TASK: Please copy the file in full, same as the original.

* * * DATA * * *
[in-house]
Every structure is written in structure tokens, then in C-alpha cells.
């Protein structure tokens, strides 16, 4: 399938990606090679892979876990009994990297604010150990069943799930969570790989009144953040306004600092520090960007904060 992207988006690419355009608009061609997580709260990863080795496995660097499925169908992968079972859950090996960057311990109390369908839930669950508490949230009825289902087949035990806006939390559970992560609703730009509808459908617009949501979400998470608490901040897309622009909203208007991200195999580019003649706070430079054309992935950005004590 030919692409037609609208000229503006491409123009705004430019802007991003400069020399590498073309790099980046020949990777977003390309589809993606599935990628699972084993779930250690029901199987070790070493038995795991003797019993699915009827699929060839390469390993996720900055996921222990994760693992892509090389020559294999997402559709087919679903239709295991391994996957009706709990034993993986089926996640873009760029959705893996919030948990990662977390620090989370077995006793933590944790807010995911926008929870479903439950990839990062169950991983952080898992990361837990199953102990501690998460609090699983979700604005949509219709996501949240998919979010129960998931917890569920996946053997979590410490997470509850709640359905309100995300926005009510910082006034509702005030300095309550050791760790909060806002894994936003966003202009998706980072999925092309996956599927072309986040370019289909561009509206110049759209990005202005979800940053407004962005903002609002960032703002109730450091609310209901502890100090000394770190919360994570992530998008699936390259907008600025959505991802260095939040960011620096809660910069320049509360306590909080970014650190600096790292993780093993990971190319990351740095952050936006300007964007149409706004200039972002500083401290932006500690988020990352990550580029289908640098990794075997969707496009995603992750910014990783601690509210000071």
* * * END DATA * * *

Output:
[in-house]
Every structure is written in structure tokens, then in C-alpha cells.
């Protein structure tokens, strides 16, 4: 399938990606090679892979876990009994990297604010150990069943799930969570790989009144953040306004600092520090960007904060 992207988006690419355009608009061609997580709260990863080795496995660097499925169908992968079972859950090996960057311990109390369908839930669950508490949230009825289902087949035990806006939390559970992560609703730009509808459908617009949501979400998470608490901040897309622009909203208007991200195999580019003649706070430079054309992935950005004590 030919692409037609609208000229503006491409123009705004430019802007991003400069020399590498073309790099980046020949990777977003390309589809993606599935990628699972084993779930250690029901199987070790070493038995795991003797019993699915009827699929060839390469390993996720900055996921222990994760693992892509090389020559294999997402559709087919679903239709295991391994996957009706709990034993993986089926996640873009760029959705893996919030948990990662977390620090989370077995006793933590944790807010995911926008929870479903439950990839990062169950991983952080898992990361837990199953102990501690998460609090699983979700604005949509219709996501949240998919979010129960998931917890569920996946053997979590410490997470509850709640359905309100995300926005009510910082006034509702005030300095309550050791760790909060806002894994936003966003202009998706980072999925092309996956599927072309986040370019289909561009509206110049759209990005202005979800940053407004962005903002609002960032703002109730450091609310209901502890100090000394770190919360994570992530998008699936390259907008600025959505991802260095939040960011620096809660910069320049509360306590909080970014650190600096790292993780093993990971190319990351740095952050936006300007964007149409706004200039972002500083401290932006500690988020990352990550580029289908640098990794075997969707496009995603992750910014990783601690509210000071």